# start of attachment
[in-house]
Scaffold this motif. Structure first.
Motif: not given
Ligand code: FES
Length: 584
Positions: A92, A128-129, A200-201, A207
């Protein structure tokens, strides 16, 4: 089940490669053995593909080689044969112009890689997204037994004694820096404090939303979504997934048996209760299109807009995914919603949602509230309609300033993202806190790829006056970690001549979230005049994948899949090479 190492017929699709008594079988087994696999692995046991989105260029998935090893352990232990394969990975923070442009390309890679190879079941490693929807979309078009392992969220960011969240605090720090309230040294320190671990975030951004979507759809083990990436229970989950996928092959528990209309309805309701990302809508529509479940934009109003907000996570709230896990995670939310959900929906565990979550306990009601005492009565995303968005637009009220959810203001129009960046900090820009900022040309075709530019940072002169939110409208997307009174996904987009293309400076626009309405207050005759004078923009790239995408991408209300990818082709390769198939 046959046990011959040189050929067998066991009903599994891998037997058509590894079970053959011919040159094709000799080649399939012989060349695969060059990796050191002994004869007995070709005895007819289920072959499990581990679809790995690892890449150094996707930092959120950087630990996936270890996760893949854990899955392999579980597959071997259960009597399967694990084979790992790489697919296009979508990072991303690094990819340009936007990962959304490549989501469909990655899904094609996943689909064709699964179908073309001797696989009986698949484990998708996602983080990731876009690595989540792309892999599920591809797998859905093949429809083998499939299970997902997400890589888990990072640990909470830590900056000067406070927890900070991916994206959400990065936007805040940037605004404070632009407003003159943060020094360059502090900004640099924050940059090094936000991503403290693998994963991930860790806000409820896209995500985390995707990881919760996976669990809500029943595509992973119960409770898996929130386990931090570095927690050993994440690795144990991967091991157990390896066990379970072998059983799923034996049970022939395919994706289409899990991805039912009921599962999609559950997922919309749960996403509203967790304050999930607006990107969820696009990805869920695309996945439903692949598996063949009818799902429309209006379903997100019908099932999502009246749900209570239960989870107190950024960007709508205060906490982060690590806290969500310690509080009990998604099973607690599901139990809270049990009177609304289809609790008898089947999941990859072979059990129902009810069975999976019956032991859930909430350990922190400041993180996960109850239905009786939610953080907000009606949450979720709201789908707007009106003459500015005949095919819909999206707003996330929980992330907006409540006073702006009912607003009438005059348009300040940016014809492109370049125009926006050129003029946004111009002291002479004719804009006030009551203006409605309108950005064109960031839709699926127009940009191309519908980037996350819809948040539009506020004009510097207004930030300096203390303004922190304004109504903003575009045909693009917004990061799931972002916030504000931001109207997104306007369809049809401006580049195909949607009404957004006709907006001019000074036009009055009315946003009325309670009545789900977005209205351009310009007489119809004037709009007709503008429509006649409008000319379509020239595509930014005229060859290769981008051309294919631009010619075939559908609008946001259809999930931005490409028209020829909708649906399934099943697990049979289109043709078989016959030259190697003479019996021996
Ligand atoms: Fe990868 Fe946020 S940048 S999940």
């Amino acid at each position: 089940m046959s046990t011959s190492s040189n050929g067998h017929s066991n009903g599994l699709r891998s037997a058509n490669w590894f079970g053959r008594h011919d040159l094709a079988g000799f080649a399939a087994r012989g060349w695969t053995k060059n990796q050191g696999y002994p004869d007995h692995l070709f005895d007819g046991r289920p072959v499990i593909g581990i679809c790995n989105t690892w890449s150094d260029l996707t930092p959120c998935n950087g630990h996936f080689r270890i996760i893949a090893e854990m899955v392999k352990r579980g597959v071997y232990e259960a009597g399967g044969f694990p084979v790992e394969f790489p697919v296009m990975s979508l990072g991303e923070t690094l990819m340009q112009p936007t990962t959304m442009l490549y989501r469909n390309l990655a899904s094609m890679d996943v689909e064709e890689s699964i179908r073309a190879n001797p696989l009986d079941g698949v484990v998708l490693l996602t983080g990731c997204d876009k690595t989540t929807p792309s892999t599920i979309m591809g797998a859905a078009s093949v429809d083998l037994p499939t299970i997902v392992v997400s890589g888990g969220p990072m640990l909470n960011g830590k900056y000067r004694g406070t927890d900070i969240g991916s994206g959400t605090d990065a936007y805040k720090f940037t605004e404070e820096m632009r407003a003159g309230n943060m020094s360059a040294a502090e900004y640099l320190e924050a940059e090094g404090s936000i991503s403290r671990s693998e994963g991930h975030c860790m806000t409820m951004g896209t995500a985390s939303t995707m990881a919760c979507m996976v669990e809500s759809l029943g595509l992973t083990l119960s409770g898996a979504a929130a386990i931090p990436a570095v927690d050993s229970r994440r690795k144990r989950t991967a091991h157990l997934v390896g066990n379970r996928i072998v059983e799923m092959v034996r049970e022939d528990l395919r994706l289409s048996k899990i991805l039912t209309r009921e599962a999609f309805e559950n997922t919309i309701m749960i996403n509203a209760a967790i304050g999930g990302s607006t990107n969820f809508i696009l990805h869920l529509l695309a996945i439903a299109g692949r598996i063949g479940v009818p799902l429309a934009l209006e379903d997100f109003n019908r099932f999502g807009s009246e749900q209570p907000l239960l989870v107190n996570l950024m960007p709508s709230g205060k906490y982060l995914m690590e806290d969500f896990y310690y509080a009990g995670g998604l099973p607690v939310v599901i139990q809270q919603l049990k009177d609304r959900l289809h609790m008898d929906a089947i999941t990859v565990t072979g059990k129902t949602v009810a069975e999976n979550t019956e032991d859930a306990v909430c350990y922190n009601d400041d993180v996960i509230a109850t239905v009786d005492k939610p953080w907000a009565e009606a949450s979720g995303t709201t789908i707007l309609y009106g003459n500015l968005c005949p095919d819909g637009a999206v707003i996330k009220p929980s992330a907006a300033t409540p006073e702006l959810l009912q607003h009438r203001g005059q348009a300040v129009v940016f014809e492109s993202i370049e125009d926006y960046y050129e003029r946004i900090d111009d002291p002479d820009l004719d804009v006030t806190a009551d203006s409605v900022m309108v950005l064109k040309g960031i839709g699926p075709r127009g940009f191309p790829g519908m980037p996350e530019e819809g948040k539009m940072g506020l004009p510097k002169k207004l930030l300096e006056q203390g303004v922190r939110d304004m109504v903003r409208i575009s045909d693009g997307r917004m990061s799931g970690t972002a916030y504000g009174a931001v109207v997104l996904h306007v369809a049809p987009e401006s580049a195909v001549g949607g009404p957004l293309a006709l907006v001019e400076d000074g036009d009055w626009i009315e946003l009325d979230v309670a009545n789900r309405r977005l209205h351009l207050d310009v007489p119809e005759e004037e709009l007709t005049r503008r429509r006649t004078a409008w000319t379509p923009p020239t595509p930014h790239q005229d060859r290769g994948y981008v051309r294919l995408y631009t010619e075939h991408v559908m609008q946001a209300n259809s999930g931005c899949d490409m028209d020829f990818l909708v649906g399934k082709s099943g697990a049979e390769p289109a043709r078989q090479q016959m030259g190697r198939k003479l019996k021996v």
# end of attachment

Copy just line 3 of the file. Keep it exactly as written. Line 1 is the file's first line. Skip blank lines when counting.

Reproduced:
Motif: not given